Love: Toward Our Enemies- Part 1

November 9th 2023



Love: Toward Our Enemies- Part 1

A Challenging Command

Throughout my eighteen years as a pastor, one of the most difficult biblical commands for Christians to accept, let alone embrace and live out in their lives, has been Jesus’s call to love our enemies. To be sure, this is a challenging command. How can we possibly love those who are against us? If we consider it in the context of our culture’s view of love as a feeling, or an emotion (see “Love: The Center of the Christian Life”), it’s not just difficult, it’s impossible.

If love is just a feeling or an emotion, there’s no way we can muster up warm, loving feelings for our enemies. How can you possibly manufacture affections for someone who is aligned against you, or worse, is trying to hurt you and tear you down? If love is just a feeling, then loving your enemies is an exercise in futility. However, if love is an action, meaning something you do and can choose to do, then you have hope in being able to truly love your enemies.

A Counter-Cultural Command

In my opinion, loving your enemies is one of the most counter-cultural commands in the Bible. It runs completely contrary to the stream of our cultural ethos. Our culture tends to preach one of two extremes: either we should take revenge on our enemies and crush them, or simply ignore and avoid them altogether.

And yet, in the Sermon on the Mount, Jesus commands us to love our enemies:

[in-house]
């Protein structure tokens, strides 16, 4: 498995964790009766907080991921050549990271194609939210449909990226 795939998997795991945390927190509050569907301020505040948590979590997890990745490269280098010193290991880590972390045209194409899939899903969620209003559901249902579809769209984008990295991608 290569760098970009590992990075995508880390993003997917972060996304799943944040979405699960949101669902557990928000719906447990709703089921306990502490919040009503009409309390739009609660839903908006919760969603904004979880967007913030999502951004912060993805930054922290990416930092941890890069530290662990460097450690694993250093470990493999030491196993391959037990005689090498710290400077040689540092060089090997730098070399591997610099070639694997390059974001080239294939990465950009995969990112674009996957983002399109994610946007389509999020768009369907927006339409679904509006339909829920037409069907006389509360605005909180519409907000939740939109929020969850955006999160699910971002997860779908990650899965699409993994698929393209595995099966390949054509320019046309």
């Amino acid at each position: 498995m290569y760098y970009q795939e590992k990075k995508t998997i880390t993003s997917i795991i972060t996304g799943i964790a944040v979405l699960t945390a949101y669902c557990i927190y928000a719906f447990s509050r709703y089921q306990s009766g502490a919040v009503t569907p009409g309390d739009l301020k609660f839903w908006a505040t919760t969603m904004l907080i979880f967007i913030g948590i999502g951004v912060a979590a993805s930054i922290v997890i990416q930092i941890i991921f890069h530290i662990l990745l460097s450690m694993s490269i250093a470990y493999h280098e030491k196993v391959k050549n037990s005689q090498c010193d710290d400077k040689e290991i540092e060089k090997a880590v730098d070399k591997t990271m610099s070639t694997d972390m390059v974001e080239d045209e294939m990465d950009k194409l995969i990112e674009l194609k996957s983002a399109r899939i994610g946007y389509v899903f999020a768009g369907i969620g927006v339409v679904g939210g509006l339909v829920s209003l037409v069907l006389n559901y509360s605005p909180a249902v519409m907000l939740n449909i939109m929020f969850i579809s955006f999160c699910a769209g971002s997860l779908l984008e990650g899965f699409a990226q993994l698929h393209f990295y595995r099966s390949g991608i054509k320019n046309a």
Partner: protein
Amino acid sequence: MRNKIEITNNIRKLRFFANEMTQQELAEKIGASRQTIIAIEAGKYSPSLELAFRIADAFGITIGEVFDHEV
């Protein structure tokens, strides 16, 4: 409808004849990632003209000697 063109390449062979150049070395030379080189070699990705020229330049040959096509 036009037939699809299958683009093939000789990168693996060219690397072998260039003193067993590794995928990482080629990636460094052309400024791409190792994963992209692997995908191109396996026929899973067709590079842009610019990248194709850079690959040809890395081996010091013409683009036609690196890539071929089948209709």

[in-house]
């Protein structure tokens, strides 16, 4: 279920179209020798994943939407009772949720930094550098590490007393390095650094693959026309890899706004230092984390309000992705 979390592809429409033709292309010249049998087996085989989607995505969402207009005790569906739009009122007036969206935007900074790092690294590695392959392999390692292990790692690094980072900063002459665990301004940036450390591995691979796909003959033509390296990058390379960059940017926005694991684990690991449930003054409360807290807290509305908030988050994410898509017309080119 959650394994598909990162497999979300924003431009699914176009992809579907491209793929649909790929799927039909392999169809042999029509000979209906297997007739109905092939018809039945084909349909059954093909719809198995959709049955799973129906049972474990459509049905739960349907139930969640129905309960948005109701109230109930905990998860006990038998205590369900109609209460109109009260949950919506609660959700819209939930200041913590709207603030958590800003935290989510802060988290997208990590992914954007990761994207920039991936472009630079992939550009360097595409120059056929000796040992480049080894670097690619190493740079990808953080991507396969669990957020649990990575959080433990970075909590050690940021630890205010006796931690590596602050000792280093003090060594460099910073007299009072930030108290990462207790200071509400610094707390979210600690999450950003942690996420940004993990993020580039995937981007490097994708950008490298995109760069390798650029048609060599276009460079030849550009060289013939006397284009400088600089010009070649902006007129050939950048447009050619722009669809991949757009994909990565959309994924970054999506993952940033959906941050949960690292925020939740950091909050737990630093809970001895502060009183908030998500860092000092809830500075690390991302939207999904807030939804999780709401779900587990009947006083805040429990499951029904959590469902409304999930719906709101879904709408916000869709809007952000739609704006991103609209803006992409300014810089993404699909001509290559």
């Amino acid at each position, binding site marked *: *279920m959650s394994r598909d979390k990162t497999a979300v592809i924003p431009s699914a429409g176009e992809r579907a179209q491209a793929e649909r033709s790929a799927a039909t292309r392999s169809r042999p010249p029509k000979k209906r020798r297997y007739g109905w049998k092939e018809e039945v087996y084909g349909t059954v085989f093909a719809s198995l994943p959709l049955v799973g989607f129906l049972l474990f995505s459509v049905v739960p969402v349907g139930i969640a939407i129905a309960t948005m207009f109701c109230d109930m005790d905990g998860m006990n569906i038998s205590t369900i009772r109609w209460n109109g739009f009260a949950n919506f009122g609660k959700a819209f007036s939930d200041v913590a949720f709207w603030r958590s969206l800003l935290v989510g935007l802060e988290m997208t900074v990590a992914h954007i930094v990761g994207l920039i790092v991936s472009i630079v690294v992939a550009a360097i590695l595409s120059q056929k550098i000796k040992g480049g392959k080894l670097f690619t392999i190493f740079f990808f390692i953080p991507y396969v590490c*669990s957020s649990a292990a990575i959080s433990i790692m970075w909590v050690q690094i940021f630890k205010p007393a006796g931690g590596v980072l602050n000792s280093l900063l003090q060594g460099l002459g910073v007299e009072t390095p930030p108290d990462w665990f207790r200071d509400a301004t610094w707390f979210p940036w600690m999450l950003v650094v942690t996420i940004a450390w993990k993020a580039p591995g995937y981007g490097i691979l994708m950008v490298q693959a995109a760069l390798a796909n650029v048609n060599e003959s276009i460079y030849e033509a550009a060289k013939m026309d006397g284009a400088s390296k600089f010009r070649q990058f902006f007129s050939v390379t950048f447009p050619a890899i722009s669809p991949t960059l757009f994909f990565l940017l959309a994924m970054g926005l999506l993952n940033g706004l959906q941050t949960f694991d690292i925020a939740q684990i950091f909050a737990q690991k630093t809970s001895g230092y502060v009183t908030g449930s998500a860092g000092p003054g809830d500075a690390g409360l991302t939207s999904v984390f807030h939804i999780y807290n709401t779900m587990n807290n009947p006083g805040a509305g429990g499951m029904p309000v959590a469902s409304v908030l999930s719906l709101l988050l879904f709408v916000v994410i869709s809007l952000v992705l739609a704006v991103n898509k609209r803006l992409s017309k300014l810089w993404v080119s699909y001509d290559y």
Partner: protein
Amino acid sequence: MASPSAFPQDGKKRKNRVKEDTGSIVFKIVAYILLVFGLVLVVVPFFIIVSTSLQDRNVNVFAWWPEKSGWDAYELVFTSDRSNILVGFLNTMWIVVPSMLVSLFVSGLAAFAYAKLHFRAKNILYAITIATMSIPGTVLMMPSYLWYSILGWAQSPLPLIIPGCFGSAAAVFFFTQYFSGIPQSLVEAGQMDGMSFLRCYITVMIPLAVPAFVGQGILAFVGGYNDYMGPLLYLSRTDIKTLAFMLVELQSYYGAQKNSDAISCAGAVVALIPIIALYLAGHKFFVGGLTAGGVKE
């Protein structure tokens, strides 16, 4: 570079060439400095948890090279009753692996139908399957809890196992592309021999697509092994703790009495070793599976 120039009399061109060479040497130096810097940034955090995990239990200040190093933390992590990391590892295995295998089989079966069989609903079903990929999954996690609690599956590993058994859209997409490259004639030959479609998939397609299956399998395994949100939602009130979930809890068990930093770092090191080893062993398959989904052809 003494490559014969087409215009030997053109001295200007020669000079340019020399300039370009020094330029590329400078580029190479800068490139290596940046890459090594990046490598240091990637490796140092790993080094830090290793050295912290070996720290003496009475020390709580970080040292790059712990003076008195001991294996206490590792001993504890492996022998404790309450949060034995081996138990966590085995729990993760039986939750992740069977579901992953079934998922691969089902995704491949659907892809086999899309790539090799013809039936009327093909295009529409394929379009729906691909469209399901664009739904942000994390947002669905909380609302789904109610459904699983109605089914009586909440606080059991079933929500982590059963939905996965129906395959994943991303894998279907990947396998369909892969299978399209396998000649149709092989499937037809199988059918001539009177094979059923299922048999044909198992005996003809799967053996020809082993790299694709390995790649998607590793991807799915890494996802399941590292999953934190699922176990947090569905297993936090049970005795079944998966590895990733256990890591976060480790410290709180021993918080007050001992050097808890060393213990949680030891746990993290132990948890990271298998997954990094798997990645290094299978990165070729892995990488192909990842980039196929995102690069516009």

But I say to you who hear, love your enemies, do good to those who hate you, bless those who curse you, pray for those who abuse you. To one who strikes you on the cheek, offer the other also, and from one who takes away your cloak do not withhold your tunic either. Give to everyone who begs from you, and from one who takes away your goods do not demand them back. And as you wish that others would do to you, do so to them. If you love those who love you, what benefit is that to you? For even sinners love those who love them. And if you do good to those who do good to you, what benefit is that to you? For even sinners do the same. And if you lend to those from whom you expect to receive, what credit is that to you? Even sinners lend to sinners, to get back the same amount. But love your enemies, and do good, and lend, expecting nothing in return, and your reward will be great, and you will be sons of the Most High, for he is kind to the ungrateful and the evil. Be merciful, even as your Father is merciful (Luke 6:27–36).